A Turkish man named Hüseyin Can Gökçek brutally murdered the 16-year-old Sıla Şentürk in the northern province of Giresun on Feb. 16. The police caught Gökçek, who was trying to flee the city.
Turkish media outlets reported that the suspect slit the girl's throat at her house. The girl reportedly met with the suspect, who lives in Ankara, online and was forced by her family to engage with him.
Şentürk was reportedly placed under state protection for a while on the grounds that she was receiving death threats from Gökçek after the engagement was broken.
The suspect came to Giresun from Ankara and after staying one night at a hotel, he went to Şentürk's house.
Media outlets said that the suspect had in fact kidnapped Şentürk a year ago. He was initially jailed on charges of "sexual abuse of the child" and "abduction and detention of the child."
He was imprisoned for a month, but then released pending trial after the Şentürk family withdrew their complaint. He was reported to have several other criminal records.
After his release, the suspect and Şentürk reportedly got back together and got engaged with the encouragement of the family. However, in the face of the suspect's violent behaviors, Şentürk filed another complaint against him. Angered by this second complaint, the suspect came to Giresun and killed Şentürk. On Feb. 17, he was arrested by a court order.
Similar to past instances of femicides, Şentürk’s name became a trending topic on Twitter, with thousands of people calling on authorities to find a solution to the massacre of women, and stating femicide is political.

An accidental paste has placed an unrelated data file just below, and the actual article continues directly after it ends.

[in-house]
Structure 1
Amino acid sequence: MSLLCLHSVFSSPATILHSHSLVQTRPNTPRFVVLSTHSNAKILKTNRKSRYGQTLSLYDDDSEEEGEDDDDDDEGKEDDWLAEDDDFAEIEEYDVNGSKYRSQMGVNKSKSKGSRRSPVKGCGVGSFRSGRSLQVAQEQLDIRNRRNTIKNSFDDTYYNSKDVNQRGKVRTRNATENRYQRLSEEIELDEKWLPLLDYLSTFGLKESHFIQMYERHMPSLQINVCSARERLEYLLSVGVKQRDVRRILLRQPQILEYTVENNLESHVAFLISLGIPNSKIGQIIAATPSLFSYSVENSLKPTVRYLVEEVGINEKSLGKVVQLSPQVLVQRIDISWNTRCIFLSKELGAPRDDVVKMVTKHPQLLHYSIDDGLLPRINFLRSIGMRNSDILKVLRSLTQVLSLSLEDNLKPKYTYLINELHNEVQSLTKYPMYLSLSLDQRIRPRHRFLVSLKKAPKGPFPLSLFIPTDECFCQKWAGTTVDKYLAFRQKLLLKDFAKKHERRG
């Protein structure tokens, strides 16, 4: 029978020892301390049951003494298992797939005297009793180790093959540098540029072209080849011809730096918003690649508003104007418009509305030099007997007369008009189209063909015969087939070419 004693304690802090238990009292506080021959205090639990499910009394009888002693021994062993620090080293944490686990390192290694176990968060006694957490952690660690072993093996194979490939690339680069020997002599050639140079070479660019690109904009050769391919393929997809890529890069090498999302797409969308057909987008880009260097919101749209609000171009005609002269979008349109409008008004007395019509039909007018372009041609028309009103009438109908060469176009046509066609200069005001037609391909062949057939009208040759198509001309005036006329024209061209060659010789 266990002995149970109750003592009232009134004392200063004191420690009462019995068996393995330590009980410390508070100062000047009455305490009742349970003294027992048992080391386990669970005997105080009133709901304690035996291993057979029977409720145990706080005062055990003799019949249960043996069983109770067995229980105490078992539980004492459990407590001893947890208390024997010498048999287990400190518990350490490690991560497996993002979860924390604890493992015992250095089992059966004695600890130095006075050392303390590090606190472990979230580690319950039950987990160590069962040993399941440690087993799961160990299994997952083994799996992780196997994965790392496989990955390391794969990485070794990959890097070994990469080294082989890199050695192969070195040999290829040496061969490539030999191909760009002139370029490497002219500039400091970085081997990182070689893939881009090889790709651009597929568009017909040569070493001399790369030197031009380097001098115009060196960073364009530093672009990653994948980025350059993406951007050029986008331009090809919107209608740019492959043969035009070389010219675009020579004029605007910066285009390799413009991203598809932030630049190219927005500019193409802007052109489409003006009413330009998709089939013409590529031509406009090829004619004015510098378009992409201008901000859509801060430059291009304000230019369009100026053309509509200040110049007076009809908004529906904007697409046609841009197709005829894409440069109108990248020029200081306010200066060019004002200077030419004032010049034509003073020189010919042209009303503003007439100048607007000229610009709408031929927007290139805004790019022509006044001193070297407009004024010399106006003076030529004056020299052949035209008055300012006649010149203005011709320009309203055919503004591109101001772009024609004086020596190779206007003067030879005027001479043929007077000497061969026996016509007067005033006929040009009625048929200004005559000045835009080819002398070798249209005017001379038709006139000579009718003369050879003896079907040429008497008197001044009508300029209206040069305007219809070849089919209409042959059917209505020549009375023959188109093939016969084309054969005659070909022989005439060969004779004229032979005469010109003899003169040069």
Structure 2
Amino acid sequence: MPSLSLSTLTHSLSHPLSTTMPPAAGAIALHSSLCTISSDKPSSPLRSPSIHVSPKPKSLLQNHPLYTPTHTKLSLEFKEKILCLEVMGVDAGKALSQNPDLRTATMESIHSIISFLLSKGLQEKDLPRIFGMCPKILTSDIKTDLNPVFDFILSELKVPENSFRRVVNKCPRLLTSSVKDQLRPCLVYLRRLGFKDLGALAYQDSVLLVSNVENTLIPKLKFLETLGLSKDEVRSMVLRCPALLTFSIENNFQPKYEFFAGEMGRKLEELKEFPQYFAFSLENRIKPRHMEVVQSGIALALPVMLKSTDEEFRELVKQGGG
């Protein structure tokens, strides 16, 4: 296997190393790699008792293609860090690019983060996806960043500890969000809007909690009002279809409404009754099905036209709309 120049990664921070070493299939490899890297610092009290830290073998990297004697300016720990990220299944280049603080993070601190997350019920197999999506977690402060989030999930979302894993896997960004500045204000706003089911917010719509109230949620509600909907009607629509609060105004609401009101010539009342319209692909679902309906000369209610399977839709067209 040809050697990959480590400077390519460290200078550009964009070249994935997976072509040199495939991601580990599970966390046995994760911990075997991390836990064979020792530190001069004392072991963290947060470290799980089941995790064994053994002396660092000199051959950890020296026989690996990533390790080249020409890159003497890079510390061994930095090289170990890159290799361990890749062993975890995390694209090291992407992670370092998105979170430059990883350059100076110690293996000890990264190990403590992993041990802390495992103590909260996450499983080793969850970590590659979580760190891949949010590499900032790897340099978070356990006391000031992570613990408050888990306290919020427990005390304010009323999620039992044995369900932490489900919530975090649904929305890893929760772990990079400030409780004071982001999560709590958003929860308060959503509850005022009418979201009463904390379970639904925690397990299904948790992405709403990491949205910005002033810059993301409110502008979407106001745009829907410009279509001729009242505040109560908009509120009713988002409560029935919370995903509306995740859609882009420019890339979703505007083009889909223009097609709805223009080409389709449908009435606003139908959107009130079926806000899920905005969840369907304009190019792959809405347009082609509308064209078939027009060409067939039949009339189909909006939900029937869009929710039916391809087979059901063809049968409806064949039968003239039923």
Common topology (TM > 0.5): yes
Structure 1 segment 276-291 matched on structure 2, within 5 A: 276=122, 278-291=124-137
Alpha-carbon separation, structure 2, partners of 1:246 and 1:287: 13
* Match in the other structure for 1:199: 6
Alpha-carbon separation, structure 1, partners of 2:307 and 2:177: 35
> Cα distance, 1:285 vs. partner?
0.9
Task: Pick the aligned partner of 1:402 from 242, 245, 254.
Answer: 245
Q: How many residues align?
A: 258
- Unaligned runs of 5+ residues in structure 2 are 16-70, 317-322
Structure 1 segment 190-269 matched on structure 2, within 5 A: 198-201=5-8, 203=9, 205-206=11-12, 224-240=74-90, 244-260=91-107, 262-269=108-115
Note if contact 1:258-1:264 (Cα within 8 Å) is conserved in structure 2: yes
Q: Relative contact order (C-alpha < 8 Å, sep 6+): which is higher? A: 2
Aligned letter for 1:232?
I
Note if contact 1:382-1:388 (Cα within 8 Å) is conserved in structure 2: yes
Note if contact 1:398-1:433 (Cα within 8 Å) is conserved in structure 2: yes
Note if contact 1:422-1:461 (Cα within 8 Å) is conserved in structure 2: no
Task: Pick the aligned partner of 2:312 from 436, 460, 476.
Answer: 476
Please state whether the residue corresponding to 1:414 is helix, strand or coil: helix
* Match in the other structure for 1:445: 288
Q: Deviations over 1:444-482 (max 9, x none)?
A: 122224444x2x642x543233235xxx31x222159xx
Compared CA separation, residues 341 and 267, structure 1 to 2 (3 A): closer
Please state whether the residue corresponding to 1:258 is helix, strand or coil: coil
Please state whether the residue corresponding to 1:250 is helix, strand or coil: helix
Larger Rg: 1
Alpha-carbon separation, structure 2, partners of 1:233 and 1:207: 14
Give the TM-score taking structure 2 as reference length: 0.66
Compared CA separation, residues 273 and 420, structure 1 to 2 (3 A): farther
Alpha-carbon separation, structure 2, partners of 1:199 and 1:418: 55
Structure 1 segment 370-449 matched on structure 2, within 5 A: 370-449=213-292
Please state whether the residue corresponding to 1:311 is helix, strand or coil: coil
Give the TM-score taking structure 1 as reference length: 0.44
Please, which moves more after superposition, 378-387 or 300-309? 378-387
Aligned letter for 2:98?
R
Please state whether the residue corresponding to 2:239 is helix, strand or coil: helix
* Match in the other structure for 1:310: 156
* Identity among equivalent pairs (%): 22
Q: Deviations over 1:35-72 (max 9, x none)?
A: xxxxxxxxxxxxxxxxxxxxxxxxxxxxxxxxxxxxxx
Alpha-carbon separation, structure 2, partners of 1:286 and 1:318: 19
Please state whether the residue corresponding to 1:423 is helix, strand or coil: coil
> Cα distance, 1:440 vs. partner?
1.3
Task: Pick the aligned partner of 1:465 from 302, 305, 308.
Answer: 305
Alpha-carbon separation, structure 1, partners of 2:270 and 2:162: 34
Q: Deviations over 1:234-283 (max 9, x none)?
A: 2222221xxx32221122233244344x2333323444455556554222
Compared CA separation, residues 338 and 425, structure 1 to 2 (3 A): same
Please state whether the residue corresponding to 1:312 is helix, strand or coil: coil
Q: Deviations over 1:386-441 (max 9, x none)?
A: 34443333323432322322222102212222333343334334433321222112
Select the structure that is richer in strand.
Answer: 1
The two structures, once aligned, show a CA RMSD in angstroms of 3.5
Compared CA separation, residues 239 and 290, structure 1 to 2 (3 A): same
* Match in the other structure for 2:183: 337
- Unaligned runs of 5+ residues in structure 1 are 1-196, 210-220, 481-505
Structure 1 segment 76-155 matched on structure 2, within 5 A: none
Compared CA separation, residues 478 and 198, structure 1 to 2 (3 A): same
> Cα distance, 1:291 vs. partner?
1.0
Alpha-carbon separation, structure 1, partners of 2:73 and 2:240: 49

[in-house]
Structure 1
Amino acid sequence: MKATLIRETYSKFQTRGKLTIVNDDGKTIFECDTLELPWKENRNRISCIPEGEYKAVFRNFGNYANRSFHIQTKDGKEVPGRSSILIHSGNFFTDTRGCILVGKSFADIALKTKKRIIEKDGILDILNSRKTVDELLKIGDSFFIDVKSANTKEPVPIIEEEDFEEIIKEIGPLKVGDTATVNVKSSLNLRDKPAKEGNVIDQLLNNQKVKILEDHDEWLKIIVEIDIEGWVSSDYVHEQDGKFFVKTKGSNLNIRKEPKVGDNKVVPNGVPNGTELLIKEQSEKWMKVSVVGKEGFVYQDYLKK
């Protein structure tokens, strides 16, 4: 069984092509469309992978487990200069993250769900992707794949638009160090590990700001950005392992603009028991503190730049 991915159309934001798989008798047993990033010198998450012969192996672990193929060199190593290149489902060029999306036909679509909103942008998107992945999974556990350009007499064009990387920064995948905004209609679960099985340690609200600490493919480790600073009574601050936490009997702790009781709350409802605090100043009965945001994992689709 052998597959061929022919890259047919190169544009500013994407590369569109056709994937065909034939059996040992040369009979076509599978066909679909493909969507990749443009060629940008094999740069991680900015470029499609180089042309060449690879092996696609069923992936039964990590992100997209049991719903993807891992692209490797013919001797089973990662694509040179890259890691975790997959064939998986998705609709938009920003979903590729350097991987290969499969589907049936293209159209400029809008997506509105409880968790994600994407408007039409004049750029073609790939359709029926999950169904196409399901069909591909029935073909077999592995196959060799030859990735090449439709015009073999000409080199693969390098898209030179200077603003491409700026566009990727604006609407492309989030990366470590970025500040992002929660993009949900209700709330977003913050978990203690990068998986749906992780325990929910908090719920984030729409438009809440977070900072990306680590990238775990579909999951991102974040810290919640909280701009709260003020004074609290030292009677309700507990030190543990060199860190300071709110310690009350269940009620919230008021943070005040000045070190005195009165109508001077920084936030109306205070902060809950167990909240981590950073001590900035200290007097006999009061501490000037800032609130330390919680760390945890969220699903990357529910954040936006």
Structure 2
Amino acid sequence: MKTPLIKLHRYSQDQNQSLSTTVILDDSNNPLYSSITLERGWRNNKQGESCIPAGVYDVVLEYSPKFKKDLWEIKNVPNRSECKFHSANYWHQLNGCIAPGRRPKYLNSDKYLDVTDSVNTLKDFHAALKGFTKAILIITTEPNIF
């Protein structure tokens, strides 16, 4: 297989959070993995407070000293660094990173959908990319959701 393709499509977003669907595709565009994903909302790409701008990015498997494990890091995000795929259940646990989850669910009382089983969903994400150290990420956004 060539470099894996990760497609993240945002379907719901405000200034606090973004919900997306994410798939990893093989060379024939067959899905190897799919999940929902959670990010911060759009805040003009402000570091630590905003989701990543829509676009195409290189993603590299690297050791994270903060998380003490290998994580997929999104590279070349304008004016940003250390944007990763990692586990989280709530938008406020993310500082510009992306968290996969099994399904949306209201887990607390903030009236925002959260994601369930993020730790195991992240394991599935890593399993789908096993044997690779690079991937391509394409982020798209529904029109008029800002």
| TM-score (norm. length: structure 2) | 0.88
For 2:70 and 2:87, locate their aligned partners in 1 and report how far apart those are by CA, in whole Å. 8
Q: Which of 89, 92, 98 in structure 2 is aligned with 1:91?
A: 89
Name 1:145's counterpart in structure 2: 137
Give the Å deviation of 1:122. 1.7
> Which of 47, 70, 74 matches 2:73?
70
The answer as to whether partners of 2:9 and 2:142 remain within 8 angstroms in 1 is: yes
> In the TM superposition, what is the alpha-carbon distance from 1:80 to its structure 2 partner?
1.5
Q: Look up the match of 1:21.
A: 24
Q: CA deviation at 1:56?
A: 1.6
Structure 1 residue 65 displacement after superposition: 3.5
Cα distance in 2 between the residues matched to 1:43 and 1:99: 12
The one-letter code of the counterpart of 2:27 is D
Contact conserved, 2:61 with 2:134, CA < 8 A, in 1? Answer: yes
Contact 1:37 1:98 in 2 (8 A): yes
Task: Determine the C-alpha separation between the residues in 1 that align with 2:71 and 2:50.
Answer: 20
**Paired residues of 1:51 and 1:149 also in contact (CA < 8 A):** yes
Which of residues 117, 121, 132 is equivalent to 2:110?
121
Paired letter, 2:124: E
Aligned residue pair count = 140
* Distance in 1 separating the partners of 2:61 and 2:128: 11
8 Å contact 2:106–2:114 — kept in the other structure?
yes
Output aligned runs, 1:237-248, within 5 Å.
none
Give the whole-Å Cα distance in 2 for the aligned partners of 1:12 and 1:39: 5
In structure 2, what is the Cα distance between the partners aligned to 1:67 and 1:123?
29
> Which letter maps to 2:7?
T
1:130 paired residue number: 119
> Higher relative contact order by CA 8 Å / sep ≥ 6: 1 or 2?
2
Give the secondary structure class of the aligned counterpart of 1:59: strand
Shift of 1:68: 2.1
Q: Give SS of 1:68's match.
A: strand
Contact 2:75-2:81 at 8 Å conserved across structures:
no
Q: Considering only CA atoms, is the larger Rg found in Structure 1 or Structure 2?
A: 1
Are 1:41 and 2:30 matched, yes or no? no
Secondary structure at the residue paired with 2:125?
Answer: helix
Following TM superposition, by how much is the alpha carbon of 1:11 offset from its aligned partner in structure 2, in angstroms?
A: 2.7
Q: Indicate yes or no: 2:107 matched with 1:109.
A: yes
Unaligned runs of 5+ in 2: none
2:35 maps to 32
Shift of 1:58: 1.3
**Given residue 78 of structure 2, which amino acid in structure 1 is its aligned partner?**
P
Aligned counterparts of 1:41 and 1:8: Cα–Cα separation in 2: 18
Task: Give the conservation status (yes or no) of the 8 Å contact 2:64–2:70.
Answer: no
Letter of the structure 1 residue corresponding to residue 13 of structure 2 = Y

Many sports clubs such as Trabzonspor, Medipol Başakşehir, Fenerbahçe, Beşiktaş, and Galatasaray shared their condolences.
“It is clear that the Istanbul Convention should be re-signed and new measures should be taken,” main opposition Republican People’s Party (CHP) Group Deputy Chair Özgür Özel tweeted.
Bu kaçıncı cinayet!— Özgür Özel (@eczozgurozel) February 16, 2022
Giresun’da 16 yaşındaki #SılaŞentürk'ün zorla nişanlandırıldığı bir cani tarafından öldürülmesi kanımızı dondurdu büyük üzüntü duyduk.
Benzer haberler almaktan bıktık! Başta İstanbul Sözleşmesi'nin yeniden imzalanması yeni önlemler alınması gerektiği açıktır. https://t.co/kPX2lcBaJF
“Albert Camus said, ‘If you want to know a country, look at how people die in that country.’ Now take some action!” Istanbul Mayor Ekrem İmamoğlu tweeted.
“A child is a child. Neither bride nor lover. Our struggle is with those who buried our future in this dark mentality. We will not stop until children and women are given the right to a just life,” Ankara Mayor Mansur Yavaş tweeted.
Çocuk çocuktur. Ne gelin ne sevgilidir. Mücadelemiz, geleceğimizi bu karanlık zihniyete gömenlerledir.— Mansur Yavaş (@mansuryavas06) February 16, 2022
Çocuklara, kadınlara adil bir yaşam hakkı sağlanana dek durmayacağız. #SılaŞentürk pic.twitter.com/0zwfQ60xQS
Femicides have reached record levels in the past decade. Some 280 women were killed by men in 2021, while another 217 women were found suspiciously dead, according to the We Will Stop Femicides Platform.
Despite this, Turkey has made moves in recent years to lessen protections for women. In July 2021, Turkey formally withdrew from the Istanbul Convention (the Council of Europe’s Convention on preventing and combating violence against women and domestic violence), a move that advocacy groups say was a major setback for women in the country. Many of those that perpetuate gender-based violence or killing are also let off with light sentences or even allowed to kill again.